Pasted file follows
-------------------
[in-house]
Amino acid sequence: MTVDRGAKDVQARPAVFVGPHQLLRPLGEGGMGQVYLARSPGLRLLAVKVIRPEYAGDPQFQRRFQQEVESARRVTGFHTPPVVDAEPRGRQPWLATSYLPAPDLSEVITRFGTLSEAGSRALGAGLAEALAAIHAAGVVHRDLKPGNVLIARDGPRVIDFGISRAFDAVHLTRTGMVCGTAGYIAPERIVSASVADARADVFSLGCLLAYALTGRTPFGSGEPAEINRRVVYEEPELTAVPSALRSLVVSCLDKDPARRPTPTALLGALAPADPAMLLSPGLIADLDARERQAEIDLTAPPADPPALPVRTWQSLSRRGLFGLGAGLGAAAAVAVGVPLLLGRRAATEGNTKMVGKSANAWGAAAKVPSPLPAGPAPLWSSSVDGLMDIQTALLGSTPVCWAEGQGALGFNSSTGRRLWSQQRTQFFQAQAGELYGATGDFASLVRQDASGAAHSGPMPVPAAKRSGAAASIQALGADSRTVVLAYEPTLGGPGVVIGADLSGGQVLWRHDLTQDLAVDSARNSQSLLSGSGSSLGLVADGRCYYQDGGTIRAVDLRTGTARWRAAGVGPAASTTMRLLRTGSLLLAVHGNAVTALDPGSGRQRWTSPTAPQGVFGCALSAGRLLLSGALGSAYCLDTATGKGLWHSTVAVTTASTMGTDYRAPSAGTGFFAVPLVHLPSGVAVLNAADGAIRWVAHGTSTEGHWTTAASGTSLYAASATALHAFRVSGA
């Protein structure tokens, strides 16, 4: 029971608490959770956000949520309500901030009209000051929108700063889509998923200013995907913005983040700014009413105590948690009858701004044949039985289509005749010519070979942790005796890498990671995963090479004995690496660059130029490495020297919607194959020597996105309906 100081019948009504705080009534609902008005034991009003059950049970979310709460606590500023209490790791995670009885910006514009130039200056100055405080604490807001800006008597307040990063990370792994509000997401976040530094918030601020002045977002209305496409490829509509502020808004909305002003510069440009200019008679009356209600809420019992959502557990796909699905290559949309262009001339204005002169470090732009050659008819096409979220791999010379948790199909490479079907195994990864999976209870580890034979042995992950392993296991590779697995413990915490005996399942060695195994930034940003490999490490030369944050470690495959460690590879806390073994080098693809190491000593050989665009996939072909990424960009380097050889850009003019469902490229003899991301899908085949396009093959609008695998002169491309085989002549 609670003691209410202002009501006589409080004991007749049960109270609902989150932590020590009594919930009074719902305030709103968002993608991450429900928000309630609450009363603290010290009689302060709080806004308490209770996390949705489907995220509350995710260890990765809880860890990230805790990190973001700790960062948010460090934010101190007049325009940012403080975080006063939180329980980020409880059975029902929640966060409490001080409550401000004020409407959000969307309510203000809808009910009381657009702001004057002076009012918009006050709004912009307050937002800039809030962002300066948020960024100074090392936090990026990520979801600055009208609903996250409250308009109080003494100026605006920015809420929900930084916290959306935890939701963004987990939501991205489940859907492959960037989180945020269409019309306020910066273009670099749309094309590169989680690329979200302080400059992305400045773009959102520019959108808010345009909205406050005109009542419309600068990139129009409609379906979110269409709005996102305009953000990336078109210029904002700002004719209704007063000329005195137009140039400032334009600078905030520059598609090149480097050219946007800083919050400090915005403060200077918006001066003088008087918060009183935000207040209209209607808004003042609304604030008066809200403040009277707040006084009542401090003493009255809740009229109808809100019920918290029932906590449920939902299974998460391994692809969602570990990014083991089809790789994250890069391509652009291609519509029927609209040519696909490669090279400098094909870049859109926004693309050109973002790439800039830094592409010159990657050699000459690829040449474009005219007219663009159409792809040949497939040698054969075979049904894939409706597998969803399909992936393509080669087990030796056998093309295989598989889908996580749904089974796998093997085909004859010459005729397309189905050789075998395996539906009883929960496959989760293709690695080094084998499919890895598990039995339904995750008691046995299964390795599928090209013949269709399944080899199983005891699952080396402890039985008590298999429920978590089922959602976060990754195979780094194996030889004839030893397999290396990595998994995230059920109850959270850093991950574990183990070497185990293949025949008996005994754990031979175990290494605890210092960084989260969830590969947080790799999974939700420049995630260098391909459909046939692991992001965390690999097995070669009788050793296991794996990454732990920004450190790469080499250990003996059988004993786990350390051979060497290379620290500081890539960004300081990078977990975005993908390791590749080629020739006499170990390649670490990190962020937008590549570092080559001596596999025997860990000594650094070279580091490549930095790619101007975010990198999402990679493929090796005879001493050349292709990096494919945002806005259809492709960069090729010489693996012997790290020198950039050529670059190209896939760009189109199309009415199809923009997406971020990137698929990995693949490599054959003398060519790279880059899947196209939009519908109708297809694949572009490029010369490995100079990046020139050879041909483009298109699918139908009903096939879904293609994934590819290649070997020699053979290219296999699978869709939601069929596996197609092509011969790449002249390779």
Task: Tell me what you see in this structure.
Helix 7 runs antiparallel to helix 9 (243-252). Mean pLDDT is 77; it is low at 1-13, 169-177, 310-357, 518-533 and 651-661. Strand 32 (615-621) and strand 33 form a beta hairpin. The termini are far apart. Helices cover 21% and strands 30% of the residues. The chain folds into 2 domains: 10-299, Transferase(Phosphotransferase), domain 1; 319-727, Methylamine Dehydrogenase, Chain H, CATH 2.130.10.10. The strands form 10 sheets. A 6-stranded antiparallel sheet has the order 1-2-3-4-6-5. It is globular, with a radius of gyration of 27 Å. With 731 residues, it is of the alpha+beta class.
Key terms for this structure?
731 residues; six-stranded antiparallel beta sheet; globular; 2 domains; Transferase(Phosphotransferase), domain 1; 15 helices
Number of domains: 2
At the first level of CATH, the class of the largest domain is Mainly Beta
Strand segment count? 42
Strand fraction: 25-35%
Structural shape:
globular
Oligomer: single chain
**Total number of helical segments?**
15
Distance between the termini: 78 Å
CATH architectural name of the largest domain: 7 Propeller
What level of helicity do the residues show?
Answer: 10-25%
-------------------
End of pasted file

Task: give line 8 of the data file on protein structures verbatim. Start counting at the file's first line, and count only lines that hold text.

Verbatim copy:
Number of domains: 2